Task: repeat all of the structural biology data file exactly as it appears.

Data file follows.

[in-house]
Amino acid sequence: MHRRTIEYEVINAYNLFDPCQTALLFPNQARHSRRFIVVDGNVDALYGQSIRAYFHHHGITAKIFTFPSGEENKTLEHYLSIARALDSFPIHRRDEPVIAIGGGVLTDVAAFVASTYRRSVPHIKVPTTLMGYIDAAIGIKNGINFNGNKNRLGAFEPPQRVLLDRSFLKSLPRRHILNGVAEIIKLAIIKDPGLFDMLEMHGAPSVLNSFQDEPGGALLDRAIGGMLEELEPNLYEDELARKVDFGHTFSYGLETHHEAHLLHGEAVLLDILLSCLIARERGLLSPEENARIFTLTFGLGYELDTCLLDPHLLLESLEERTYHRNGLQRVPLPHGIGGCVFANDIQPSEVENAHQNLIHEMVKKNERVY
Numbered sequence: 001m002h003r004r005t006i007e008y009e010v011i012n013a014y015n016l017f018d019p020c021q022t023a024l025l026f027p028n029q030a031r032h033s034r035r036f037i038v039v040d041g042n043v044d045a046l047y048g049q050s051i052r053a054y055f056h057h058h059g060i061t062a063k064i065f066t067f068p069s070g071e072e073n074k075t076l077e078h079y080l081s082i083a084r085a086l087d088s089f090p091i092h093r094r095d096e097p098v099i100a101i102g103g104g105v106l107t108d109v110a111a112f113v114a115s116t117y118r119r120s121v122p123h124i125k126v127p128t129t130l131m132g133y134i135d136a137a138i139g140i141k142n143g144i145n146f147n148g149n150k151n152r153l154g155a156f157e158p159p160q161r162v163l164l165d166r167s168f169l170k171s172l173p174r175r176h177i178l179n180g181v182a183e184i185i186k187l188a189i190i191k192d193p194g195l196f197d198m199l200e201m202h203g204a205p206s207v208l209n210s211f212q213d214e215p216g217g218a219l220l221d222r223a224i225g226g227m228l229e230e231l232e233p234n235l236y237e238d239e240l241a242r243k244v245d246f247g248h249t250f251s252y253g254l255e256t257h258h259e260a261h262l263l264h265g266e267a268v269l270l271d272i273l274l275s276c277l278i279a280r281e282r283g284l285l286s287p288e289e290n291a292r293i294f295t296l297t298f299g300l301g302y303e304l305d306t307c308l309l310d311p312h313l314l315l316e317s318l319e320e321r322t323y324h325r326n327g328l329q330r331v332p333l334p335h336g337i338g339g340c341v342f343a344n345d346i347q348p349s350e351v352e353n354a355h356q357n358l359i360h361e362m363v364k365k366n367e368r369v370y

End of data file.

[in-house]
Amino acid sequence: MHRRTIEYEVINAYNLFDPCQTALLFPNQARHSRRFIVVDGNVDALYGQSIRAYFHHHGITAKIFTFPSGEENKTLEHYLSIARALDSFPIHRRDEPVIAIGGGVLTDVAAFVASTYRRSVPHIKVPTTLMGYIDAAIGIKNGINFNGNKNRLGAFEPPQRVLLDRSFLKSLPRRHILNGVAEIIKLAIIKDPGLFDMLEMHGAPSVLNSFQDEPGGALLDRAIGGMLEELEPNLYEDELARKVDFGHTFSYGLETHHEAHLLHGEAVLLDILLSCLIARERGLLSPEENARIFTLTFGLGYELDTCLLDPHLLLESLEERTYHRNGLQRVPLPHGIGGCVFANDIQPSEVENAHQNLIHEMVKKNERVY
Numbered sequence: 001m002h003r004r005t006i007e008y009e010v011i012n013a014y015n016l017f018d019p020c021q022t023a024l025l026f027p028n029q030a031r032h033s034r035r036f037i038v039v040d041g042n043v044d045a046l047y048g049q050s051i052r053a054y055f056h057h058h059g060i061t062a063k064i065f066t067f068p069s070g071e072e073n074k075t076l077e078h079y080l081s082i083a084r085a086l087d088s089f090p091i092h093r094r095d096e097p098v099i100a101i102g103g104g105v106l107t108d109v110a111a112f113v114a115s116t117y118r119r120s121v122p123h124i125k126v127p128t129t130l131m132g133y134i135d136a137a138i139g140i141k142n143g144i145n146f147n148g149n150k151n152r153l154g155a156f157e158p159p160q161r162v163l164l165d166r167s168f169l170k171s172l173p174r175r176h177i178l179n180g181v182a183e184i185i186k187l188a189i190i191k192d193p194g195l196f197d198m199l200e201m202h203g204a205p206s207v208l209n210s211f212q213d214e215p216g217g218a219l220l221d222r223a224i225g226g227m228l229e230e231l232e233p234n235l236y237e238d239e240l241a242r243k244v245d246f247g248h249t250f251s252y253g254l255e256t257h258h259e260a261h262l263l264h265g266e267a268v269l270l271d272i273l274l275s276c277l278i279a280r281e282r283g284l285l286s287p288e289e290n291a292r293i294f295t296l297t298f299g300l301g302y303e304l305d306t307c308l309l310d311p312h313l314l315l316e317s318l319e320e321r322t323y324h325r326n327g328l329q330r331v332p333l334p335h336g337i338g339g340c341v342f343a344n345d346i347q348p349s350e351v352e353n354a355h356q357n358l359i360h361e362m363v364k365k366n367e368r369v370y